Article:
Healthcare Ethics in the Information Age

Healthcare Ethics in the Information Age

Keith Bauer (Marquette University, USA)
Copyright: © 2009 |Pages: 16
DOI: 10.4018/978-1-60566-022-6.ch012
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Abstract

This chapter reviews key debates about the meaning of telehealth and also considers how new and emerging systems in telehealth work to protect patient confidentiality, improve healthcare relationships, and diminish instances of compromised access and equity in the healthcare system. This chapter also looks at how these same telehealth systems could undermine those goals, making it important to assess the way in which these emerging technologies are implemented. Various technologies are examined to show how their implementation can ensure that their benefits outweigh their risks.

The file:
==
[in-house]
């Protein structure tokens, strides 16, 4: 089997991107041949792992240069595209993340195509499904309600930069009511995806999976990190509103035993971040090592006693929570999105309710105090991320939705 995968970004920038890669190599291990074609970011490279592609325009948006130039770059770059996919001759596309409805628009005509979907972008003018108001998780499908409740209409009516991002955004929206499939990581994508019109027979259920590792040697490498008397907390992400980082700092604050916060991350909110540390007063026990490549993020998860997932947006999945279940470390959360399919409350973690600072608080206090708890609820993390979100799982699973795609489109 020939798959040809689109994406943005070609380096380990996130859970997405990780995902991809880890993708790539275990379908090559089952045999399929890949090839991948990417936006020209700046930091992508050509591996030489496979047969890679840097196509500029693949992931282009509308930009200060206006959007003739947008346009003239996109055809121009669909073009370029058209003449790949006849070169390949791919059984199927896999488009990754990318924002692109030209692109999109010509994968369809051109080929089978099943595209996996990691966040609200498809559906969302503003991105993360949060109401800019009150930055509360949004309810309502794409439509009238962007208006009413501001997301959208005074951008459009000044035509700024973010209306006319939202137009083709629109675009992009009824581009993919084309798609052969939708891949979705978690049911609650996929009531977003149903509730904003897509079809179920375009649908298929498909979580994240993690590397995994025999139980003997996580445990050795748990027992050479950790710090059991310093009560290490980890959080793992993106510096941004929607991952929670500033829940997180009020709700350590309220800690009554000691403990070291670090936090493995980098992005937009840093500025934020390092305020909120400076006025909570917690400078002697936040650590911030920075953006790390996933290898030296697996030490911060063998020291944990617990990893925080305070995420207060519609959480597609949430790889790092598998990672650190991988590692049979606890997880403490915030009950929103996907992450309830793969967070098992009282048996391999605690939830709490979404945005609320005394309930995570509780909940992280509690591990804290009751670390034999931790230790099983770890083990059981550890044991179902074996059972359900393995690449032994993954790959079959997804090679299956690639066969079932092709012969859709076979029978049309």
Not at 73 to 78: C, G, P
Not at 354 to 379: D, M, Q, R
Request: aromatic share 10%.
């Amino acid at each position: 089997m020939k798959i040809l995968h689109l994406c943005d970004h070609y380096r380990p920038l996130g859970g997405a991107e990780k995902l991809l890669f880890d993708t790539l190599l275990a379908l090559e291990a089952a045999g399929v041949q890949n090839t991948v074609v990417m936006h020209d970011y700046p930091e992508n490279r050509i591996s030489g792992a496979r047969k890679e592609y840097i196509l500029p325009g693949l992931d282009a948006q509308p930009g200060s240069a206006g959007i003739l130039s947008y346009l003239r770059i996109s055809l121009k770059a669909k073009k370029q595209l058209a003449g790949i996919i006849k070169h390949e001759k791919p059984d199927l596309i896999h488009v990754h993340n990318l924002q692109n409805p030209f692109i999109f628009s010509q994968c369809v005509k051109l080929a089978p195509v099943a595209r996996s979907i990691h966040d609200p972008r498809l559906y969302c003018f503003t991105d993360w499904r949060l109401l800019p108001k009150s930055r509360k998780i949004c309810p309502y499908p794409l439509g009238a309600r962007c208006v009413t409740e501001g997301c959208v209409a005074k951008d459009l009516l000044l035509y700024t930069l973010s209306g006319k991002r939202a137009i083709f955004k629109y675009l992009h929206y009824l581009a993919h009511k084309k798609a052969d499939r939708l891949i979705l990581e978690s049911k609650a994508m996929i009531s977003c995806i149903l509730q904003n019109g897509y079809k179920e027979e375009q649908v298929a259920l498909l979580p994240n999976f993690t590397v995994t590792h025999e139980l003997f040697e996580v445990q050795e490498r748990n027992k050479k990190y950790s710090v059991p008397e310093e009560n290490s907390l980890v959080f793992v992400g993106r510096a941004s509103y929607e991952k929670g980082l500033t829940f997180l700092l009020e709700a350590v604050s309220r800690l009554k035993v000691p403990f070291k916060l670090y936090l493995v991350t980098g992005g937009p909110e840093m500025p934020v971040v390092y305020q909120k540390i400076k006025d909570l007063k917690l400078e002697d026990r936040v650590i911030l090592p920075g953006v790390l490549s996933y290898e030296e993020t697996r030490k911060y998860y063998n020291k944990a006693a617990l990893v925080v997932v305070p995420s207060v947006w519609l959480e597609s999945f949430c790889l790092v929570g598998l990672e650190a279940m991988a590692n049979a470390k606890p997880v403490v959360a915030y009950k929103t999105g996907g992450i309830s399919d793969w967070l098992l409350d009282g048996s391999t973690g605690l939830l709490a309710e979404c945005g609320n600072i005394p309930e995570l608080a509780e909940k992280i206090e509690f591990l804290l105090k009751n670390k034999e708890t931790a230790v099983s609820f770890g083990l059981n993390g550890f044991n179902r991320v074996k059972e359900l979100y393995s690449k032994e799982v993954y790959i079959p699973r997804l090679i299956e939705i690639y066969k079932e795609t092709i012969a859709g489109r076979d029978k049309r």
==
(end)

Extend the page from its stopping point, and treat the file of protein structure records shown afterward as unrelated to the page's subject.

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Introduction

The growing use of information and communication technology (ICT) is producing widespread changes in society. One area in particular that is quickly being transformed by ICT is the field of healthcare. This is evident in the relatively new field of telehealth, which utilizes the Internet, electronic patient records systems, hand-held computers, among other types of ICT. Telehealth has great potential to improve the quality and provision of healthcare services, but there are a number of subtle ethical issues that should be considered as society moves forward with its use. The aim of this chapter is, therefore, to provide an ethical assessment of telehealth. The specific questions this chapter addresses are as follows:

  • 1.

    What are the distributive justice implications of telehealth? Will medically underserved populations gain greater access to healthcare services? If so, what sorts of tradeoffs, if any, between access and quality will be required?